Vt. corrections officials working to address pandemic court delays
RUTLAND, Vt. (WCAX) - A collaboration between Vermont corrections officials, the courts, and attorneys could provide some solutions to justice system delays caused by the pandemic.
“The reason why this has become a problem is because of the way we are accepting people into our system,” said Vt. Corrections Commissioner James Baker.
He says the Springfield prison is the only facility being used as a detention center for the southern part of the state. That means four counties worth of attorneys are calling the prison at once, all trying to speak with their clients before arraignments.
“I got an email this week where an attorney talked about making 67 calls between the start of business and 7 at night and was not able to get through,” said Vermont Defender General Matt Valerio.
Springfield is better technologically equipped than most facilities and has multiple phone lines compared to others, which may only have one. “That’s a real problem and we know it’s a problem,” Baker said.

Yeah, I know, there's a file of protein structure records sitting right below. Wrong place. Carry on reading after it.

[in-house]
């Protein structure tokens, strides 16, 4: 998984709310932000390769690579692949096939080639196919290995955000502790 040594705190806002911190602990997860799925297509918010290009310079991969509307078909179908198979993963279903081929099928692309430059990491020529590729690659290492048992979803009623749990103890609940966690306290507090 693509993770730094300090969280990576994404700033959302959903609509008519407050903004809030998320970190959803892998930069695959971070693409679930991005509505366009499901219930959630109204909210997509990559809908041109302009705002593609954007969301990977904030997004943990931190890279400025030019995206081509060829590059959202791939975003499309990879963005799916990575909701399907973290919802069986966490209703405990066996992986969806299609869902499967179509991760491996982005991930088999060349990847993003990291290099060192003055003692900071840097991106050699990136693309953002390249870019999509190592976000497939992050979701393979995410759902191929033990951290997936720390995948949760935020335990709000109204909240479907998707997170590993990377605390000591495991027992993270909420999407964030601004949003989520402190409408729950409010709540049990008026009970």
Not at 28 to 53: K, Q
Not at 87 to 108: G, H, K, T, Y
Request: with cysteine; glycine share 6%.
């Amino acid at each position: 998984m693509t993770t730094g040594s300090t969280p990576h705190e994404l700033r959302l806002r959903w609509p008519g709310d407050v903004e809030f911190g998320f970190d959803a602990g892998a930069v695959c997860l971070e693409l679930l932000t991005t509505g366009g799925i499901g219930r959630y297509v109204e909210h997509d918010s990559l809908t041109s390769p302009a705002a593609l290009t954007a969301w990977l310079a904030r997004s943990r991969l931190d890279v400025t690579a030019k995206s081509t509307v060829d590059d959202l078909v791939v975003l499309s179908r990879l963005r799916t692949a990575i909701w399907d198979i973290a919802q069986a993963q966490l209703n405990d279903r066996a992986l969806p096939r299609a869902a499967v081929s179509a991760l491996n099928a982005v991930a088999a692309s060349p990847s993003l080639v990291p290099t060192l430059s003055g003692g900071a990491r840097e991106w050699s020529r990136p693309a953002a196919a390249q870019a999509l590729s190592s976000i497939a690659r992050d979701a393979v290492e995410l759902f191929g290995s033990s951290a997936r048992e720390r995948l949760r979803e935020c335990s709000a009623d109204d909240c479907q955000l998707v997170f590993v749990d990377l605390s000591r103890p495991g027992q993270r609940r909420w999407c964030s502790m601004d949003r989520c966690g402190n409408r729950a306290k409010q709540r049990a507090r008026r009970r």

Valerio points out that mental health evaluations are done before arraignments to determine if rehab would be better than prison, but without physically seeing the client, the process is delayed. A short-term solution allows defendants to use tablets so they can call their attorney directly. “That is the plan and I think it is going to help,” Valerio said.
Transportation is another problem that can lead to delays. If someone from Bennington is arrested and brought to Springfield with no way to get home, Valerio says it causes issues. “It’s a nightmare, because things go so long with the arraignments,” he said. People are given a bus ticket and depending on the time they are released, have to figure out how to get through the night until the next bus in the morning.
Commissioner Baker says they had been providing transportation up until a few weeks ago when they had staffing issues. “It’s COVID. It’s because we diverted people to do other work, the timing of the arraignments, how late in the day it is. It’s at the end of their shift -- trying to get people may be to stay over. It’s been challenging,” Baker admitted.
He says they are working on a solution with the Windham County Sherriff’s Department and if all goes well, it will be implemented throughout southern Vermont.
Attorneys can visit their client in person in a Vermont prison unless there is a COVID case inside. Springfield is COVID free right now, but attorneys are not entering anyway to comply with the governor’s guidance to remotely conduct business.
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